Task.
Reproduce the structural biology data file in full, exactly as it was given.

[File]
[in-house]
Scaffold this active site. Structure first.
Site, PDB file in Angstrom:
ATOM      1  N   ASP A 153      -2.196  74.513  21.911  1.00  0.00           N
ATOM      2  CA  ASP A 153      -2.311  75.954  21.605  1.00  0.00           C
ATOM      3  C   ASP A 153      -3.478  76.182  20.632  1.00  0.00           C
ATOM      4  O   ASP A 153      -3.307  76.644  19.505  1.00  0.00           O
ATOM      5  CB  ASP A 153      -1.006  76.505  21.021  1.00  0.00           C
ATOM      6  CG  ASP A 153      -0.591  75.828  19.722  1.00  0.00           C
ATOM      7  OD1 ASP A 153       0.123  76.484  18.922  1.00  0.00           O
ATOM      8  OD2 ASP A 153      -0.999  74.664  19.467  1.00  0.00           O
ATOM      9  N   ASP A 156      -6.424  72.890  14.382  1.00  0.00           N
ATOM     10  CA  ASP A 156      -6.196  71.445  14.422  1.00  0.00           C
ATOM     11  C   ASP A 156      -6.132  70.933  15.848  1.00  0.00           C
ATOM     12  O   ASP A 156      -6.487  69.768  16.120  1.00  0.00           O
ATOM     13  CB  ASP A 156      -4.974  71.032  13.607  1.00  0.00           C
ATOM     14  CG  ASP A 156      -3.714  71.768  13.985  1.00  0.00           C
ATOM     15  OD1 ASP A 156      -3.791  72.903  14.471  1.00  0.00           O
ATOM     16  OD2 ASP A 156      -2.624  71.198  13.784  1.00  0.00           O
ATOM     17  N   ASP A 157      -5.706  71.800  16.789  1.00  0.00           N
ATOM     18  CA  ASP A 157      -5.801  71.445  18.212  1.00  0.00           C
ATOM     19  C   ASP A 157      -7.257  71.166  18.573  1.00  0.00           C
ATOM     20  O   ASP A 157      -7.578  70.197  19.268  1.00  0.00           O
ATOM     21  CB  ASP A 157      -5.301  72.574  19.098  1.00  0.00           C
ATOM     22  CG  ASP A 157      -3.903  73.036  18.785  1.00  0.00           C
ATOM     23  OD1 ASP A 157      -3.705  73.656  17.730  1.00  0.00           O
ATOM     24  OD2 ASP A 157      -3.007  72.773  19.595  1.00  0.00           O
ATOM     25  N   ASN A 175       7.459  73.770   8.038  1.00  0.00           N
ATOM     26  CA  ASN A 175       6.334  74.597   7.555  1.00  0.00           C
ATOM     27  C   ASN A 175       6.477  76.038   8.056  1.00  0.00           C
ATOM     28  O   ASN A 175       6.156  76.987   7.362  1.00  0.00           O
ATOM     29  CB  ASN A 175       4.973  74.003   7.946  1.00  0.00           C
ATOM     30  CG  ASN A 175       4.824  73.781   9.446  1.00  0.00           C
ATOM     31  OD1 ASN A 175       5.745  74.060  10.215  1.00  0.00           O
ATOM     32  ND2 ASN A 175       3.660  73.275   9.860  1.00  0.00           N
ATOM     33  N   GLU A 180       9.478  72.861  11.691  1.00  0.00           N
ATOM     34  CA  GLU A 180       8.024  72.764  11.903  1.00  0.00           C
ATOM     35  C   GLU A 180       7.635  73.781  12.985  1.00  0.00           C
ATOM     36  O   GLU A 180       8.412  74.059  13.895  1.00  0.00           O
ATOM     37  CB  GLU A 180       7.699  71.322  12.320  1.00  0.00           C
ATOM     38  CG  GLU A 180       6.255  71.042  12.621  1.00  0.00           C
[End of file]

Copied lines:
[in-house]
Scaffold this active site. Structure first.
Site, PDB file in Angstrom:
ATOM      1  N   ASP A 153      -2.196  74.513  21.911  1.00  0.00           N
ATOM      2  CA  ASP A 153      -2.311  75.954  21.605  1.00  0.00           C
ATOM      3  C   ASP A 153      -3.478  76.182  20.632  1.00  0.00           C
ATOM      4  O   ASP A 153      -3.307  76.644  19.505  1.00  0.00           O
ATOM      5  CB  ASP A 153      -1.006  76.505  21.021  1.00  0.00           C
ATOM      6  CG  ASP A 153      -0.591  75.828  19.722  1.00  0.00           C
ATOM      7  OD1 ASP A 153       0.123  76.484  18.922  1.00  0.00           O
ATOM      8  OD2 ASP A 153      -0.999  74.664  19.467  1.00  0.00           O
ATOM      9  N   ASP A 156      -6.424  72.890  14.382  1.00  0.00           N
ATOM     10  CA  ASP A 156      -6.196  71.445  14.422  1.00  0.00           C
ATOM     11  C   ASP A 156      -6.132  70.933  15.848  1.00  0.00           C
ATOM     12  O   ASP A 156      -6.487  69.768  16.120  1.00  0.00           O
ATOM     13  CB  ASP A 156      -4.974  71.032  13.607  1.00  0.00           C
ATOM     14  CG  ASP A 156      -3.714  71.768  13.985  1.00  0.00           C
ATOM     15  OD1 ASP A 156      -3.791  72.903  14.471  1.00  0.00           O
ATOM     16  OD2 ASP A 156      -2.624  71.198  13.784  1.00  0.00           O
ATOM     17  N   ASP A 157      -5.706  71.800  16.789  1.00  0.00           N
ATOM     18  CA  ASP A 157      -5.801  71.445  18.212  1.00  0.00           C
ATOM     19  C   ASP A 157      -7.257  71.166  18.573  1.00  0.00           C
ATOM     20  O   ASP A 157      -7.578  70.197  19.268  1.00  0.00           O
ATOM     21  CB  ASP A 157      -5.301  72.574  19.098  1.00  0.00           C
ATOM     22  CG  ASP A 157      -3.903  73.036  18.785  1.00  0.00           C
ATOM     23  OD1 ASP A 157      -3.705  73.656  17.730  1.00  0.00           O
ATOM     24  OD2 ASP A 157      -3.007  72.773  19.595  1.00  0.00           O
ATOM     25  N   ASN A 175       7.459  73.770   8.038  1.00  0.00           N
ATOM     26  CA  ASN A 175       6.334  74.597   7.555  1.00  0.00           C
ATOM     27  C   ASN A 175       6.477  76.038   8.056  1.00  0.00           C
ATOM     28  O   ASN A 175       6.156  76.987   7.362  1.00  0.00           O
ATOM     29  CB  ASN A 175       4.973  74.003   7.946  1.00  0.00           C
ATOM     30  CG  ASN A 175       4.824  73.781   9.446  1.00  0.00           C
ATOM     31  OD1 ASN A 175       5.745  74.060  10.215  1.00  0.00           O
ATOM     32  ND2 ASN A 175       3.660  73.275   9.860  1.00  0.00           N
ATOM     33  N   GLU A 180       9.478  72.861  11.691  1.00  0.00           N
ATOM     34  CA  GLU A 180       8.024  72.764  11.903  1.00  0.00           C
ATOM     35  C   GLU A 180       7.635  73.781  12.985  1.00  0.00           C
ATOM     36  O   GLU A 180       8.412  74.059  13.895  1.00  0.00           O
ATOM     37  CB  GLU A 180       7.699  71.322  12.320  1.00  0.00           C
ATOM     38  CG  GLU A 180       6.255  71.042  12.621  1.00  0.00           C